The Development of Black Police Associations: Changing Articulations of Race within the Police

Posted: 16 Jul 2008  

Simon Holdaway

affiliation not provided to SSRN

Megan O'Neill

University of Sheffield

Date Written: November 2004

Abstract

This paper examines the initial development of Black Police Associations in England and Wales, giving special attention to the first association-the Metropolitan Police Black Police Association. It is argued that a background of change from an individualistic to a collective understanding of race relations within constabularies can be identified in key public documents. This change has had important implications for police understandings of the problems faced by ethnic-minority police staff. A process of change from ethnic minority officers as individuals to membership of an ethnic network and, subsequently, an ethnic association will be analysed. The emergence of Black Police Associations represents a new articulation of race within constabularies and an organizational form of relevance to both the profile and influence of ethnic minority police staff, as well as the managerialism of New Labour, implemented in constabularies by chief officers.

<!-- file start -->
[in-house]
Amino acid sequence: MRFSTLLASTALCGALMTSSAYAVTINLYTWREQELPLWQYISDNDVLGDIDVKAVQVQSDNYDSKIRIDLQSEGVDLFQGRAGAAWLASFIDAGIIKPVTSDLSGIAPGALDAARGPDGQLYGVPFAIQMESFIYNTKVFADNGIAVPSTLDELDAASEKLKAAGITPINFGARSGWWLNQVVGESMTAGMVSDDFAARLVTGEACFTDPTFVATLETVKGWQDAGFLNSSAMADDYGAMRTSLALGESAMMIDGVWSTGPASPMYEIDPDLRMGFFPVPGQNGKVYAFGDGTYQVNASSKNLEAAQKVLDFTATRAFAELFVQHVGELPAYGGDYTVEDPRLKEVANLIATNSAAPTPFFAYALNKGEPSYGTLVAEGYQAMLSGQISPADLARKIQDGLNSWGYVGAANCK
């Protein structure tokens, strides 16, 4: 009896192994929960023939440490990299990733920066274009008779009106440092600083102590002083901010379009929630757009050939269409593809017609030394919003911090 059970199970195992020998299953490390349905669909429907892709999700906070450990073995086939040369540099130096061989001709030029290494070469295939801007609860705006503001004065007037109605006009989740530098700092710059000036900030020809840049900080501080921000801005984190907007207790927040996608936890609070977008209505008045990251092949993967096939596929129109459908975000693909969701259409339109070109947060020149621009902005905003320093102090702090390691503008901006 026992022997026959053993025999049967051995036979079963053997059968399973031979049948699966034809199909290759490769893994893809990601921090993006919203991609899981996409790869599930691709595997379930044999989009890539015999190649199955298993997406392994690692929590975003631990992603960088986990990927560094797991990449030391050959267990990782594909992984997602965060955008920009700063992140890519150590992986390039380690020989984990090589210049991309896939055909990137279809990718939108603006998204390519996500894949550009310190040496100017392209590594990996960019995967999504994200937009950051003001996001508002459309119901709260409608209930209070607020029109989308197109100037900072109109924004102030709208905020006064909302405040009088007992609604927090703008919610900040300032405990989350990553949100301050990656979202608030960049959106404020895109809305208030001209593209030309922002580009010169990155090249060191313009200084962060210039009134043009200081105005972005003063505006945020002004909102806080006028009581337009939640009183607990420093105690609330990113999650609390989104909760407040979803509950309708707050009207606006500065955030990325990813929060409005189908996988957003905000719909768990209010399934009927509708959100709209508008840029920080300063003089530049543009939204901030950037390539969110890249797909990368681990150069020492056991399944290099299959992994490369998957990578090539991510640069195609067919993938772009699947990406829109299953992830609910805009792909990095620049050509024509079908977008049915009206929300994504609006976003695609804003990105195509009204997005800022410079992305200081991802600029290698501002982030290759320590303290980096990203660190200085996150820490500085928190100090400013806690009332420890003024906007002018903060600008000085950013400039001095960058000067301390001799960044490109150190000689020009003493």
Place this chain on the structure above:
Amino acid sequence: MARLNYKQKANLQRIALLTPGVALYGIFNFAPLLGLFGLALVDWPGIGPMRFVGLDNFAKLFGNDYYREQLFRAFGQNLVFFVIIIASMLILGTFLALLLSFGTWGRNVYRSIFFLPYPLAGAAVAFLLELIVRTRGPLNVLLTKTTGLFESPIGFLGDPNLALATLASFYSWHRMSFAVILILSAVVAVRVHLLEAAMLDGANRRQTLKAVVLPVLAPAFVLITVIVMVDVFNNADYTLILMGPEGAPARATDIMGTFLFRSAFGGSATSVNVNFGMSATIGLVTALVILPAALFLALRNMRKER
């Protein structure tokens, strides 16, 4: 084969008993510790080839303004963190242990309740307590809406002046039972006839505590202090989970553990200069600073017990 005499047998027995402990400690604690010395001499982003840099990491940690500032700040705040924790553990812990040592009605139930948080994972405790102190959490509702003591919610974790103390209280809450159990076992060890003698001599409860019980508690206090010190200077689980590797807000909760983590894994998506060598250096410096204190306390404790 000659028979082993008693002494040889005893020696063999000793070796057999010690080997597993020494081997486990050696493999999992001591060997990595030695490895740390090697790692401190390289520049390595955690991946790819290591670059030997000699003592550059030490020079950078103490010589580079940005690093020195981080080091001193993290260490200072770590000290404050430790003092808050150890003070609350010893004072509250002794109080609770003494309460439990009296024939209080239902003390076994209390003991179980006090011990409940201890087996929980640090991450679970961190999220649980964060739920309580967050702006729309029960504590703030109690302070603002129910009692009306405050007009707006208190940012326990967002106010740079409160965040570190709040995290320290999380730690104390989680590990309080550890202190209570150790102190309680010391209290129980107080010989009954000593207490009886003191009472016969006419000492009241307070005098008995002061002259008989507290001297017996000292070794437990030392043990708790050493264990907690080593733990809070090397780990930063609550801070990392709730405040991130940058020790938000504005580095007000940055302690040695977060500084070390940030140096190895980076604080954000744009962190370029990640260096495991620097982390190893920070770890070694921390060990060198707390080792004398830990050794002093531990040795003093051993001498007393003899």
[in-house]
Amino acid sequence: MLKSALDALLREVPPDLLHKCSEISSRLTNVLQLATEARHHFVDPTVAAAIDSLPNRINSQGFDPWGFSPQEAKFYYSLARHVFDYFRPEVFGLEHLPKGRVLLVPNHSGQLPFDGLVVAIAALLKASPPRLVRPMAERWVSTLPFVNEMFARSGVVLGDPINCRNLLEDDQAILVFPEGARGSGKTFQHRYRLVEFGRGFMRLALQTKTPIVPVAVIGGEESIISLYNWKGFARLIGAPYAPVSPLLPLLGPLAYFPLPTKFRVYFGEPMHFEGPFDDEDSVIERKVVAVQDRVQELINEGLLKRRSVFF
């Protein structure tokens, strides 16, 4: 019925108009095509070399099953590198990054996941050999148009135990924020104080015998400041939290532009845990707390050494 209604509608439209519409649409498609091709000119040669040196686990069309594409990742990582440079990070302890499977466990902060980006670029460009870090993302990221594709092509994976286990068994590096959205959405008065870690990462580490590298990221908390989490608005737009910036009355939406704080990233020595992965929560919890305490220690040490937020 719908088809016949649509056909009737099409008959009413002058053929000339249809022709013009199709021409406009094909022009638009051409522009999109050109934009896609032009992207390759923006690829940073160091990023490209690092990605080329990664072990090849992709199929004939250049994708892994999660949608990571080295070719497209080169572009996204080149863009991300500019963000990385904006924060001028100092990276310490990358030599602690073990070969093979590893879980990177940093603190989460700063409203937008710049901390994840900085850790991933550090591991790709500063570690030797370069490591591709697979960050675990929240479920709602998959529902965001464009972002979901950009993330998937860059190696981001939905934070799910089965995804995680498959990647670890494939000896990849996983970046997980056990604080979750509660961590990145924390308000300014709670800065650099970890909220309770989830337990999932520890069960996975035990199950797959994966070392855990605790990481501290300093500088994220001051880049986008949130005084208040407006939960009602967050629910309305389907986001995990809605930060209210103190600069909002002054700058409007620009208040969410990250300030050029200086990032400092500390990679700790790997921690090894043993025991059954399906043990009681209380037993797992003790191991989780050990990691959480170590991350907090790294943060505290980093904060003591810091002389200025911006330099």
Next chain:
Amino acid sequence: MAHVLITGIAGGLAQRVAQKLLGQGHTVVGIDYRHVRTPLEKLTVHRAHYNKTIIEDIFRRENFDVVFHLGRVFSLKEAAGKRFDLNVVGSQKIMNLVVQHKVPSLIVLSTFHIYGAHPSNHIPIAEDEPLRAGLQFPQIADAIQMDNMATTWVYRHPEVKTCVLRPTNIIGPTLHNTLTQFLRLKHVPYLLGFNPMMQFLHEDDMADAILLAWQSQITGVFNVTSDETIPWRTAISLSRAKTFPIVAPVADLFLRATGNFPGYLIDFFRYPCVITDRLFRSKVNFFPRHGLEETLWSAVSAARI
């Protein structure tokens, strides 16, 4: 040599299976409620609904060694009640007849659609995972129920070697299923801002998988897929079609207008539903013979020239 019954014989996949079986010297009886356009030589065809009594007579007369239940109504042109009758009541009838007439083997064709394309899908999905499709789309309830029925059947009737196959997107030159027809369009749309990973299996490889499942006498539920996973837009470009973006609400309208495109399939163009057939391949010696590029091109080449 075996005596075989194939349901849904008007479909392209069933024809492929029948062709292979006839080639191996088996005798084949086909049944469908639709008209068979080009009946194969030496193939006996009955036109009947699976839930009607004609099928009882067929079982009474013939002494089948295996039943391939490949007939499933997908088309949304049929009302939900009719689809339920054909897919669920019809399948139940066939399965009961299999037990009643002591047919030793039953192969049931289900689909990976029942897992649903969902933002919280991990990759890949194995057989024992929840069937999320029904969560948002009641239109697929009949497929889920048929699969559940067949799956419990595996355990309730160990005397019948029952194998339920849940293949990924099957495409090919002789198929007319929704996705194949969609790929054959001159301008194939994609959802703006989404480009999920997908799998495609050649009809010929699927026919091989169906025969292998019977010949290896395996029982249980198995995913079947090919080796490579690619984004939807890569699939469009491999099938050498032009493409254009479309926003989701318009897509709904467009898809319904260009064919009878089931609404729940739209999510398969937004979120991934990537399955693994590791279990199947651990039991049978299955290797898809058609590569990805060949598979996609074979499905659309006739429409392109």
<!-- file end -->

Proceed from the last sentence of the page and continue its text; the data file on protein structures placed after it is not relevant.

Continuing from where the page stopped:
Keywords: SF-36, Health-related quality of life, Mental health, Physical health, Systemic lupus erythematosus

Suggested Citation

Holdaway, Simon and O'Neill, Megan, The Development of Black Police Associations: Changing Articulations of Race within the Police (November 2004). The British Journal of Criminology, Vol. 44, Issue 6, pp. 854-865, 2004. Available at SSRN: https://ssrn.com/abstract=1160880 or http://dx.doi.org/10.1093/bjc/azh046

Simon Holdaway (Contact Author)

affiliation not provided to SSRN

No Address Available

Megan O'Neill

University of Sheffield

17 Mappin Street
Sheffield, Sheffield S1 4DT
United Kingdom

Paper statistics

Abstract Views
336